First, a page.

Brandeis Hoot On Jake Crosby's Event with Dr. Andrew Wakefield
Embattled doctor defends Autism research
By Jon Ostrowsky
April 15, 2011
Section: Front Page, Top Stories
Former British doctor Andrew Wakefield, who authored the 1998 Lancet paper suggesting that vaccinations for measles, mumps and rubella can cause autism, defended his research during a speech in Rapaporte Treasure Hall Wednesday evening.
Last February, The Lancet retracted the article and in May 2010, the British General Medical Council prohibited Wakefield from practicing medicine in Britain for unethical behavior and misconduct. Wakefield’s paper frightened many parents about the potential dangers of the MMR vaccine and some claim the scare has led to outbreaks of the measles virus.
“How can you possibly determine that the benefits [of the vaccine] outweigh the risks when you have no idea what the risks are?” Wakefield asked at Brandeis on Wednesday.
Ninety percent of unvaccinated kids can develop measles after a brief exposure, and it can cause encephalitis and death, Dr. Steven Miles, Professor of Medicine at the University of Minnesota, said in a statement to The Hoot.
“Wakefield came to Minnesota and frightened our Somali community. We have had 15 cases and eight hospitalizations in the last month, a stunning increase,” Miles said. “Mr. Wakefield is an anti-science fraud whose words are responsible for outbreaks of measles and diphtheria across the United States. He deserves freedom of speech but he does not deserve the respect of attendance at a university like Brandeis.”
Miles said that Wakefield should not have been invited to speak.
“I can understand giving preference to community members. Wakefield is not a community member.
The people who currently have measles in Massachusetts are,” Miles said.
Wakefield said that the schedule and time between when vaccinations are given can have negative health effects on the patient.
“You could have a huge impact on mortality … if you simply modified the program,” Wakefield said. “We are giving children poisons in vaccines. This may not of itself cause developmental problems but what it does do is render the children vulnerable.”
Jake Crosby ’11, a contributing editor for the publication Age of Autism, organized the event on Wednesday.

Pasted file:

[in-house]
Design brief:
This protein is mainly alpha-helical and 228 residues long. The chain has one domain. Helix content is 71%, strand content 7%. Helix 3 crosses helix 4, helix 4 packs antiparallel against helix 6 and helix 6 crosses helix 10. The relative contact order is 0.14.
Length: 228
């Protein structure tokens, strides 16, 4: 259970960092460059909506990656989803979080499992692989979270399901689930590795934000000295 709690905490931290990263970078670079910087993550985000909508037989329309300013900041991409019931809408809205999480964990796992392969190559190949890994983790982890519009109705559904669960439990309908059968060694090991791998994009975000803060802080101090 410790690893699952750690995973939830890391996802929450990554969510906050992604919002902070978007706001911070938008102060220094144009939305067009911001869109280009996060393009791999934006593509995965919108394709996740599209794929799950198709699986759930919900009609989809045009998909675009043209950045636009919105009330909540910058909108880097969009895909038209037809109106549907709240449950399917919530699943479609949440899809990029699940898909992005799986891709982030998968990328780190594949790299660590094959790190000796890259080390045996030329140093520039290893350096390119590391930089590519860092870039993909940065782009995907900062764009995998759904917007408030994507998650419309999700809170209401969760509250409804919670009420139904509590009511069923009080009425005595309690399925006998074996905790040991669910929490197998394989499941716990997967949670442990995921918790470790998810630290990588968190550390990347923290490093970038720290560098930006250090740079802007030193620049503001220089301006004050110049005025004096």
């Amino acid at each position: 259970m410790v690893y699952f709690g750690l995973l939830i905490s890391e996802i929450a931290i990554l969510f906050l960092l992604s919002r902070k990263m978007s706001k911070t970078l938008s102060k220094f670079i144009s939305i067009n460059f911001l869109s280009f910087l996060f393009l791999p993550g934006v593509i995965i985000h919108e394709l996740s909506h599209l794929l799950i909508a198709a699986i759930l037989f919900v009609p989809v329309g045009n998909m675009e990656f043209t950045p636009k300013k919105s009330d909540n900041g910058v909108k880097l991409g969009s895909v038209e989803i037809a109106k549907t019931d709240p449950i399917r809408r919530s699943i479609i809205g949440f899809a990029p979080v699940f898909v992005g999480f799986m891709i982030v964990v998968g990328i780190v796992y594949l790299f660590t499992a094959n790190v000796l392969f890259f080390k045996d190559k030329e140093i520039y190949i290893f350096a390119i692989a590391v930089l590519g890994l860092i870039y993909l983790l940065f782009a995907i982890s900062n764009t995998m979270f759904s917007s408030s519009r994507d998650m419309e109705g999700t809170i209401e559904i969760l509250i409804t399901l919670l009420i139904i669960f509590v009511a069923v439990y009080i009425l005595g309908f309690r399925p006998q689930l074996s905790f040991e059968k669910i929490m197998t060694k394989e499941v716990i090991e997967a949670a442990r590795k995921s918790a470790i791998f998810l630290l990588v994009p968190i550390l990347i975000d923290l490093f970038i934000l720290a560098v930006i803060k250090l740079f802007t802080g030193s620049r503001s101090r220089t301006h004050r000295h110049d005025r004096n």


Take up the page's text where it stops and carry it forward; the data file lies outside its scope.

In front of a slideshow with photographs of sick children that Wakefield and his colleagues saw, Wakefield defended himself against allegations that he used fraud to manipulate data and research for the Lancet paper.
“These children were not investigated as part of a scientific study. They came to Professor Walker Smith because they were sick,” Wakefield said about some of the patients. “There was no unethical research at anytime on any child at the Royal Free.”
Wakefield’s defense comes after the General Medical Council in Britain investigated the research and found that among other breaches of conduct, lawyers for parents planning to sue vaccine manufacturers paid Wakefield. The Council also stated that Wakefield took blood samples from children at a birthday party and paid the children £5 for giving their blood.
Wakefield denied the criticism.
“Not one single patient came to us through lawyers,” he said. “They were clinical referrals.”
“Accordingly the Panel has determined that Dr Wakefield’s name should be erased from the medical register,” the Council wrote in the May 2010 report. “The Panel concluded that it is the only sanction that is appropriate to protect patients and is in the wider public interest, including the maintenance of public trust and confidence in the profession and is proportionate to the serious and wide-ranging findings made against him.”
Since the 1998 paper, most scientists have concluded that there is no link suggesting a cause between vaccines and autism.
During his lecture, Wakefield repeatedly criticized Sunday Times journalist Brian Deer, who wrote a series of stories exposing the alleged fraud and unethical conduct by Wakefield.
He also blamed journalists for misrepresenting the issue and the facts, in part because the media gets many ads from pharmaceutical companies.
Wakefield said that he did not care what journalists like Deer had to say about him and explained that criticism of his research has only hurt sick children.
About 30 people in the audience of 80 stood up to applaud Wakefield during his introduction and at the end of his remarks.
Today, between one in 100 and one in 150 children in the United States are diagnosed with autism. Crosby said that Wakefield’s research represents a potential cause.
“[Autism Spectrum Disorder] exploded and something has happened. And tonight, we’ll discover the biggest controversy over one of the things that might have happened,” Crosby said.
Others disapproved of the talk. “I have never in my life seen such atrocious science and statistical fudging be so readily gobbled up by a group of angry parents,” Brandeis student Zach Feiger (PhD) said in a statement to The Hoot.
Suggesting that the MMR vaccine causes bowel symptoms and disease, Wakefield pointed to a photograph of a child stuck leaning over the side of a couch who had recently received a vaccine.
“This is a child who has lost the ability to communicate that he has abdominal pain,” Wakefield said.